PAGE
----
It’s too long (the painting escapade needed a trim) but overall a delight both humourous and heartwarming (see the kite-flying), with the practically perfect in every way Mary Poppins at the forefront: her mix of cheeky seriousness (see her back-and-forths with the uppity Mr. Banks) and serious cheekyness (“I never explain anything”), of mirthful magic and feigned matter-of-fact-ness (“I haven’t the faintest idea what you’re talking about”), with tender heart and voice is singular and fantastic.
It’s got its bad archaic bits (a 16-year old getting non-consensually kissed by and married to a guy who looks like he’s 30, for one) and some sleepy ones too (the entire sequence in the forest) but the fairies’ surprisingly strong role in the action climax as well as their comedic chemistry (shout out to the drunk bard too) help counter them. The excellent villain and underlying thread of dramatic irony in the dual identities of the “stranger” and the “peasant girl” are nice additions as well.
The romance plot is a little off (Jasmine obviously liked him as a pauper, so why was he such a haughty prince–especially after she showed her distaste? Well, a magic carpet ride will solve everything), but the two are sympathetic at least (see Aladdin’s fun opening song and Jasmine’s “well maybe I don’t want to be a princess!”). Elsewhere, the excellent villain, the hilarious Genie, and intriguing magical underpinnings help create a twisty, exciting adventure punctuated by great humour.
Like its titular bear, it’s full of fluff and charm, from the fun characters (absent-minded and chatty Owl is a–wait for it–hoot) to the endearing animation and storytelling that often mix together in creative ways (see the 4th-wall breaking narrator and page references). The miniature tales are cute and funny and of little substance. That said, the touching final chapter, taken in the context of the film’s intentional framing of the stories as fictional, offers something interesting to ponder.
Two childhood friends find themselves forced to become enemies. (IMDb)
The “friends forced to be enemies” premise would have resonated more if the film had dwelt more on the fox and the hound being both. As it is, it’s mostly forgettable fluff with a few good action sequences and hardly any humour, and with its unmemorable–unusually so by Disney standards–secondary characters and songs there’s not much to distract from it. Only the ever-so-slight side-plot with the odd-couple birds and the caterpillar ever really catches your fancy after all is said and done.
A poor boy named Arthur learns the power of love, kindness, knowledge and bravery with the help of a wizard called Merlin in the path to become one of the most beloved kings in England history. (IMDb)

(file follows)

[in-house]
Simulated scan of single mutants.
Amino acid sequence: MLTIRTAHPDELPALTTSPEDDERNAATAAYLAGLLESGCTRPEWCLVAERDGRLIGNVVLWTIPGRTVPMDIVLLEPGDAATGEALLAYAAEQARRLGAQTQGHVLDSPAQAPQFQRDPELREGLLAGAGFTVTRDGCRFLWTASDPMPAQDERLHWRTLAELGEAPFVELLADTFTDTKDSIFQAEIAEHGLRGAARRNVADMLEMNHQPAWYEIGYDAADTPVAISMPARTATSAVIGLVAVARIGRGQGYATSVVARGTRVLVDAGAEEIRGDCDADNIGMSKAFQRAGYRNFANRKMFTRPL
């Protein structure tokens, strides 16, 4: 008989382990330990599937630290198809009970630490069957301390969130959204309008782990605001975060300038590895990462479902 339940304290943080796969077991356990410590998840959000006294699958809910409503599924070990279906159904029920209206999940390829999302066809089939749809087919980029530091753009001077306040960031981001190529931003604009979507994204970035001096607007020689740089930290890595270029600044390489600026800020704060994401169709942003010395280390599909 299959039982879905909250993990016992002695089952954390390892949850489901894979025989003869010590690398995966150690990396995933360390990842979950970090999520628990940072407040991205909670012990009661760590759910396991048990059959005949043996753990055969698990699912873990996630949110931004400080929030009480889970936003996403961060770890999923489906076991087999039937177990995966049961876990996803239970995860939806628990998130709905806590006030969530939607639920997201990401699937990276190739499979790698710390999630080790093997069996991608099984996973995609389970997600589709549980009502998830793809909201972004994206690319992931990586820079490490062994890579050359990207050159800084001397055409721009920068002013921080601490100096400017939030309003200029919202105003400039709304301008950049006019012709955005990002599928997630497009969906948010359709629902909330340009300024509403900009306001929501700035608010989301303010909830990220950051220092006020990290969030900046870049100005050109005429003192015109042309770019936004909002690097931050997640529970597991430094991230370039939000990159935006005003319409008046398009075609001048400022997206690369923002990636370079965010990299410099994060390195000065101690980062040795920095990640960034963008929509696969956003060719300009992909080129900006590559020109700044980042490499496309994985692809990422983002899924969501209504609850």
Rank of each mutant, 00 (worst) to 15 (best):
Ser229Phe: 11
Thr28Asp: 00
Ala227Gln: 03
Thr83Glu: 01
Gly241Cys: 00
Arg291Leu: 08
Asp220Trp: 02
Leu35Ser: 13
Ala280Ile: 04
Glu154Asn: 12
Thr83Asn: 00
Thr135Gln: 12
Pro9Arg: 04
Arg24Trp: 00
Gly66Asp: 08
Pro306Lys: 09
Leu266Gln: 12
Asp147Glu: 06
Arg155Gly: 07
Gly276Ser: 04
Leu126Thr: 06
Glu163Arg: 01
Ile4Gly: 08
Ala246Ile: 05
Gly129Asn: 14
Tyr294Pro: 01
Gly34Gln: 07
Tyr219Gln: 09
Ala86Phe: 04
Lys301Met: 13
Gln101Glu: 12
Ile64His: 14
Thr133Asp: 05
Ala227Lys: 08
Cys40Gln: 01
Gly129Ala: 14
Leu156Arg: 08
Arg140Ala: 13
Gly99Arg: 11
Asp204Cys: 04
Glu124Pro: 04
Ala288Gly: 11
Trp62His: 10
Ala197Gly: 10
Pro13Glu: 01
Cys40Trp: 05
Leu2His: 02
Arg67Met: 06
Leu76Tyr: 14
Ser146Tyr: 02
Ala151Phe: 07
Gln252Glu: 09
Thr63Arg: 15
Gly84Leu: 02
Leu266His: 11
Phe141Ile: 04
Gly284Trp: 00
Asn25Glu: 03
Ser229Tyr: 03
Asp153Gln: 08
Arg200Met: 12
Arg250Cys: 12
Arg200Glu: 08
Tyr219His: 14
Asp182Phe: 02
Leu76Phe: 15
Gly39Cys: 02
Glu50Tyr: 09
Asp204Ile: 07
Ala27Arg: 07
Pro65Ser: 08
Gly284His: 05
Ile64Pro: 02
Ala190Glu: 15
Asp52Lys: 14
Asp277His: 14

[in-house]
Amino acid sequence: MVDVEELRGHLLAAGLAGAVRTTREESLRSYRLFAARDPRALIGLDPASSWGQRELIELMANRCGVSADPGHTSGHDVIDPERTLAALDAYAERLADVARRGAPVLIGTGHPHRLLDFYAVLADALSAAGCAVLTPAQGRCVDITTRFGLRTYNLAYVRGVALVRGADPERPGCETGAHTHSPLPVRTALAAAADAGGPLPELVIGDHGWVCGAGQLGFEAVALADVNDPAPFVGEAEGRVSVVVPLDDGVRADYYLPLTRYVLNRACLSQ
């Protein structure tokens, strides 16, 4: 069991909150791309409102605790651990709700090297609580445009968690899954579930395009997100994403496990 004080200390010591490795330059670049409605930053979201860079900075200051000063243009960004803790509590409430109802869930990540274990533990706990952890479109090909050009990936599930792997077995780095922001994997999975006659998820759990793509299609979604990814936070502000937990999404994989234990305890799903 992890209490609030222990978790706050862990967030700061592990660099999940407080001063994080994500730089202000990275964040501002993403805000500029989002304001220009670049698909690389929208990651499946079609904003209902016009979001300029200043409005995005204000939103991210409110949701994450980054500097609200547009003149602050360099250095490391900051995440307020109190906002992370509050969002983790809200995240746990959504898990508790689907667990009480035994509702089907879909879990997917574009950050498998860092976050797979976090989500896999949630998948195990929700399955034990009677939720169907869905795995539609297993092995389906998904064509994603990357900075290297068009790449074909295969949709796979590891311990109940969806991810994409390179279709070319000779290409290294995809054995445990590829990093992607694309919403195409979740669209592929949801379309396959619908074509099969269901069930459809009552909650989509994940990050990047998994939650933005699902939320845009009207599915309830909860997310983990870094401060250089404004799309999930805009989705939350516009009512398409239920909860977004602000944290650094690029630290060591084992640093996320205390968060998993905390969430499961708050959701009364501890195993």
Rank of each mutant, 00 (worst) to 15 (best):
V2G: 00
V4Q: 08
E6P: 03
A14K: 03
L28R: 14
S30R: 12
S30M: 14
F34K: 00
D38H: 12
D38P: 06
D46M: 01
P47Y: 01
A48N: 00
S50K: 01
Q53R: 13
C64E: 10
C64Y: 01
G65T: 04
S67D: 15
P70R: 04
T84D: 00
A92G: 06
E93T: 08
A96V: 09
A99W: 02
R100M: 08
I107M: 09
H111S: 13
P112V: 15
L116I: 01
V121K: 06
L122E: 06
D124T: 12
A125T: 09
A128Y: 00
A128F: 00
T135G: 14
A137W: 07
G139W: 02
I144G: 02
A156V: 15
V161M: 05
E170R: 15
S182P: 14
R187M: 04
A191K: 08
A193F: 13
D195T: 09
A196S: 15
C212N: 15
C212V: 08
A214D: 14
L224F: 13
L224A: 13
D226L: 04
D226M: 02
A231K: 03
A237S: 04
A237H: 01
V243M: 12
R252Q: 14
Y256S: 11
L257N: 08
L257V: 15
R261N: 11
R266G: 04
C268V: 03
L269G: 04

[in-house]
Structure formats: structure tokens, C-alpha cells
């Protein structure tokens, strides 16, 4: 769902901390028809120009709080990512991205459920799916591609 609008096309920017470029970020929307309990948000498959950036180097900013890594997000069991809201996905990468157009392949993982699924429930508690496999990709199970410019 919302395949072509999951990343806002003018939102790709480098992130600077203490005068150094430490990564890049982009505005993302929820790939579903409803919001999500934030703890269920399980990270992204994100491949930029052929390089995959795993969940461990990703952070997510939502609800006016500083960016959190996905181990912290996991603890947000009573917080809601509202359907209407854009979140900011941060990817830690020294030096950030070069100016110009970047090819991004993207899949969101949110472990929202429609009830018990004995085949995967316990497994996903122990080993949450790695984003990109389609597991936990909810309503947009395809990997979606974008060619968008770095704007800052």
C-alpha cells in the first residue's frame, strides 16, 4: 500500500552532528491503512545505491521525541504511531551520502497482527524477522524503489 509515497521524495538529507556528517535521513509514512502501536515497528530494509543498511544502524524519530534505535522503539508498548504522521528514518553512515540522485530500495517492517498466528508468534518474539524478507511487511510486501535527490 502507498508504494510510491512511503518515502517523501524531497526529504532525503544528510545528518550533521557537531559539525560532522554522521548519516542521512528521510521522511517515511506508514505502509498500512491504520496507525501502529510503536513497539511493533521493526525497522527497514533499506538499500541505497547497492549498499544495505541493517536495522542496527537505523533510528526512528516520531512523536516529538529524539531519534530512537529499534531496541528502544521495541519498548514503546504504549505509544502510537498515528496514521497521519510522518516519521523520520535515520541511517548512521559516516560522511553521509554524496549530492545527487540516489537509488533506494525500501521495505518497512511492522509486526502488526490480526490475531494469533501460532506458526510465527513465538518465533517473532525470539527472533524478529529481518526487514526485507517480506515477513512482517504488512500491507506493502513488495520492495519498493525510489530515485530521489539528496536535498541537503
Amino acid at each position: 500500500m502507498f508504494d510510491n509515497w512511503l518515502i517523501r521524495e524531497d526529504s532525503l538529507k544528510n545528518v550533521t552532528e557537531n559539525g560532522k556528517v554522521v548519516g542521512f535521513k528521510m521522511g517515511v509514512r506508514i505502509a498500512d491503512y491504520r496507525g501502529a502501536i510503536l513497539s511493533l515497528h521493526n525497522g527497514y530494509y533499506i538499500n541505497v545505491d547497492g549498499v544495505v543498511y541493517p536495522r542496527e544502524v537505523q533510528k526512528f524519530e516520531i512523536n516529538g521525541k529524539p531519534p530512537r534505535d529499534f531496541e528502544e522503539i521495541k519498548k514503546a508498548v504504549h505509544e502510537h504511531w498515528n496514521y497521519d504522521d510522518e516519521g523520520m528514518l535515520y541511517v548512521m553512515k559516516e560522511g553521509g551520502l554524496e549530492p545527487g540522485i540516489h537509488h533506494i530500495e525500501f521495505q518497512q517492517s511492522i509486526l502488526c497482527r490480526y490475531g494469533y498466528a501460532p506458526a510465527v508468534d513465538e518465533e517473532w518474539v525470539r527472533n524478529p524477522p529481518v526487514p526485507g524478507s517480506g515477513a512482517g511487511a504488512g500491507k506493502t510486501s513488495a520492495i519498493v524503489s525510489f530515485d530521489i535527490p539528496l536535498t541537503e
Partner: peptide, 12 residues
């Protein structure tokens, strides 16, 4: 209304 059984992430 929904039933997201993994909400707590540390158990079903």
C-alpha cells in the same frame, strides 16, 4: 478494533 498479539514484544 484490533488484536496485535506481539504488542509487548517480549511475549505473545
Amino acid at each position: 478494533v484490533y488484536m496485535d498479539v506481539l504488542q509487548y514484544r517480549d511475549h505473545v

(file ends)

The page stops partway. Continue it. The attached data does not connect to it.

The book-ending bits after which the film is named end up feeling like unnecessary additions to its central story-a charmingly aimless little tale of a bumbling old wizard taking a gangly young boy under his wing and teaching him life lessons (see his line about love and gravity) through experiencing the lives of three different animals. Full of fun slapstick (see the recurring wolf gag) and whimsical animation (literally–see the live dishes), with one particularly enjoyable wizard’s duel.
With the help of a smooth talking tomcat, a family of Parisian felines set to inherit a fortune from their owner try to make it back home after a jealous butler kidnaps them and leaves them in the country. (IMDb)
A lazily written adventure plot here is boosted by its three-fold setting (an elegant mansion, the rustic countryside, and a ramshackle city house) and bevy of charming characters, from piano-playing kittens to simpleton farm dogs to a gaggle of giggling geese. Throw in a devious butler, a heroic tomcat, and a rag-tag group of jazzy alley-cats and you have the ingredients for some hysterical slapstick, exciting escapades, and one particularly catchy tune (“Everybody wants to be a cat!”).
Ridiculed because of his enormous ears, a young circus elephant is assisted by a mouse to achieve his full potential. (IMDb)
The story here is a touching underdog/family vignette (Dumbo and Timothy are a great pair, and the wordless bond between Dumbo and his mother is heart-melting) but the hallucination scene, while hilarious, feels unnecessary, especially when considering how Dumbo’s rise to redemption after such prolonged suffering breezes by in only a single scene. A slightly reconfigured screenplay is all that’s left to be desired in this moving classic chock full of the standard exceptional Disney animation.
When Cinderella’s cruel stepmother prevents her from attending the Royal Ball, she gets some unexpected help from the lovable mice Gus and Jaq, and from her Fairy Godmother. (IMDb)
The fun and cozy animation and the memorable secondary characters (those adorable mice!) are two definite standouts here, while the fairy tale at hand is refreshingly non-romantic: Cinderella and the prince actually develop hardly any relationship at all, and the mice’s exploits in helping “Cinderelly” before and after the ball make up the bulk of the story. Although it does fall back to a typical lover’s happy ending, the film’s endearingly unique underdog plot line throughout overshadows it.
The story of a young deer growing up in the forest after his mother is shot by hunters. (IMDb)
A beautiful looking movie with adorable animation, refreshingly sparse but ever-so-cute dialogue, and a few hauntingly dark sequences thrown in that offer a startling and affecting contrast to the innocence that pervades the rest of the story. Putting the aforementioned scenes aside, the film isn’t exactly edge-of-your-seat drama, action, or comedy, but it is charming in its simplicity and remarkable in how it pulls you in and melts the heart despite a lack of the aforementioned elements.